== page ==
(Bloomberg Opinion) -- President Donald Trump called CNBC this week to offer grudging praise to the European Union – not something that happens every day. He suggested the U.S. should follow the example of Brussels’s “fantastic” bureaucrats in hitting the likes of Alphabet Inc.’s Google and Facebook Inc. with antitrust investigations and fines.
Unsurprisingly, it wasn’t the details of competition law that were uppermost in Trump’s mind, rather the sheer dollar amount being squeezed out of American companies for Europeans’ benefit. “Easy money,” he said admiringly.
Yet the president seems to have missed the point of the EU’s assault on Silicon Valley and Seattle. The big fines may grab the attention, but it’s the argument over who gets to profit from all of the world’s data that’s really driving the strategy in Brussels. And if data is indeed the new oil, then America and Europe are probably headed for a resource war.
The recent billion-dollar fines inflicted on Google and Apple Inc. by Europe’s top antitrust official, Margrethe Vestager, should just be seen as an opening salvo. Europe’s bigger ambition is to tackle the way tech platforms hoard the user data that makes their businesses so lucrative, whether through the selling of advertising or other services like shopping. This isn’t just about improving privacy and security for internet users; it’s about sharing the spoils from their data more fairly. If Brussels is successful, it would have a much more profound impact on the revenues of the tech giants than the occasional multi-billion dollar fine.
This question of who gets to profit from the so-called “digital dividend” – the monetization of the data from social media, search engine results, and online marketplaces – might well be the central political battle for tech firms in the coming years.
Google, in particular, is front of mind for European officials. Over the past decade, it has scanned Europe’s literature, its art, its city streets, and its citizens’ deepest desires. It’s been forced to destroy or mothball some of that data, but the company’s ability to keep hoovering up the world’s information is undiminished. The question in Brussels is whether the financial benefits should accrue only to Google and its ilk.
EU officials are toying with several potential measures. Some argue that users should be able to own their data in some way and profit directly from selling it back to the platforms. Others, such as Vestager herself, suggest the tech giants should share their data with rival companies and startups to improve competition.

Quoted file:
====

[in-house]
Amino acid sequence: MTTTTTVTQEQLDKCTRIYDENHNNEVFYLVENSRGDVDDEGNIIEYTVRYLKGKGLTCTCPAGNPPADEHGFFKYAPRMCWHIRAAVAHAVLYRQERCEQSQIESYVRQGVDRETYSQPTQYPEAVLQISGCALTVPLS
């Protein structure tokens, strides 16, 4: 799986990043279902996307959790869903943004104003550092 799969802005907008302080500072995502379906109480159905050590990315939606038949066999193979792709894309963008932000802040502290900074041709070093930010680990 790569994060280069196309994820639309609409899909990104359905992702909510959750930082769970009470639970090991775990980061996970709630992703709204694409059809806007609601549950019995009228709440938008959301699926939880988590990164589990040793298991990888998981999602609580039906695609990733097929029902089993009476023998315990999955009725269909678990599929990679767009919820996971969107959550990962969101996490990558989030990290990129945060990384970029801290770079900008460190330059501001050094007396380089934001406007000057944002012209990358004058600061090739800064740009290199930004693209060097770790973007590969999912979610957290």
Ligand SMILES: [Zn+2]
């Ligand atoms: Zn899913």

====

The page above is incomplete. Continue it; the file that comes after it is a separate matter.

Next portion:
The real temptation for European governments will be to ask either for a slice of the data revenue via special taxes or – more likely – for direct access to the data for use in public services. Think location information for mass transport systems, or medical data for health. This would no doubt be derided as punitive protectionism by the U.S., but the Europeans would see it as just reward for their taxpayers’ heavy investment in research and telecoms infrastructure (on which the tech platforms have essentially taken a free ride).
Of course, plenty of Americans will agree that tech’s “Big Brother” behavior needs to be curbed – the New York Times called this week for Congress to pass tough data-privacy legislation. But the backdrop of trade tensions between Brussels and Washington will make it harder to find common ground on issues like this. A new paper by Andrea Renda of the Center for European Policy Studies makes a convincing case that worries about cybersecurity and the future power of artificial intelligence are pushing countries to seek more power over data flows anyway, even at the cost of a less open internet.
So while Trump may chuckle at Europe using America’s tech champions as an ATM, he will balk at what comes next: A Europe that wants to take back control of its data. The U.S. is unlikely to concede without a fight.
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Lionel Laurent is a Bloomberg Opinion columnist covering Brussels. He previously worked at Reuters and Forbes.
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